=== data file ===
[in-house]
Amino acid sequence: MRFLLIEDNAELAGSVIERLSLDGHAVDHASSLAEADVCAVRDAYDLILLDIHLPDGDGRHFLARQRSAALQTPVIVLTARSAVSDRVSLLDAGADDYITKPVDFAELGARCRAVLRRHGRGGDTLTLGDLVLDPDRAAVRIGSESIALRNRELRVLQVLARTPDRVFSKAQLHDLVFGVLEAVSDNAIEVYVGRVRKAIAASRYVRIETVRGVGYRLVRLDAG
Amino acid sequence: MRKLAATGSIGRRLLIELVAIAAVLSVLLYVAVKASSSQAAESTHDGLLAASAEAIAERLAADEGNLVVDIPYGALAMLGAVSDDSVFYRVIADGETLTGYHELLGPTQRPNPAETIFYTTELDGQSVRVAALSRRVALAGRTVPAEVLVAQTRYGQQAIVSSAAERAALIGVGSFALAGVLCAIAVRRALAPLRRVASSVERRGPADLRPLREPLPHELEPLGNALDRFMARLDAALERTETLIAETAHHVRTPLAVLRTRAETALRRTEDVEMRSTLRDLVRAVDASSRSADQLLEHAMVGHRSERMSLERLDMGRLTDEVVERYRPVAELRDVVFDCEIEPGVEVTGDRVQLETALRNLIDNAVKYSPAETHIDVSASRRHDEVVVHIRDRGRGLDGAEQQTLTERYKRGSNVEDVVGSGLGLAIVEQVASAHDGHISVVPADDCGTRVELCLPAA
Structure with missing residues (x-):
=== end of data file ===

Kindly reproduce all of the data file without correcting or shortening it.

[in-house]
Amino acid sequence: MRFLLIEDNAELAGSVIERLSLDGHAVDHASSLAEADVCAVRDAYDLILLDIHLPDGDGRHFLARQRSAALQTPVIVLTARSAVSDRVSLLDAGADDYITKPVDFAELGARCRAVLRRHGRGGDTLTLGDLVLDPDRAAVRIGSESIALRNRELRVLQVLARTPDRVFSKAQLHDLVFGVLEAVSDNAIEVYVGRVRKAIAASRYVRIETVRGVGYRLVRLDAG
Amino acid sequence: MRKLAATGSIGRRLLIELVAIAAVLSVLLYVAVKASSSQAAESTHDGLLAASAEAIAERLAADEGNLVVDIPYGALAMLGAVSDDSVFYRVIADGETLTGYHELLGPTQRPNPAETIFYTTELDGQSVRVAALSRRVALAGRTVPAEVLVAQTRYGQQAIVSSAAERAALIGVGSFALAGVLCAIAVRRALAPLRRVASSVERRGPADLRPLREPLPHELEPLGNALDRFMARLDAALERTETLIAETAHHVRTPLAVLRTRAETALRRTEDVEMRSTLRDLVRAVDASSRSADQLLEHAMVGHRSERMSLERLDMGRLTDEVVERYRPVAELRDVVFDCEIEPGVEVTGDRVQLETALRNLIDNAVKYSPAETHIDVSASRRHDEVVVHIRDRGRGLDGAEQQTLTERYKRGSNVEDVVGSGLGLAIVEQVASAHDGHISVVPADDCGTRVELCLPAA
Structure with missing residues (x-):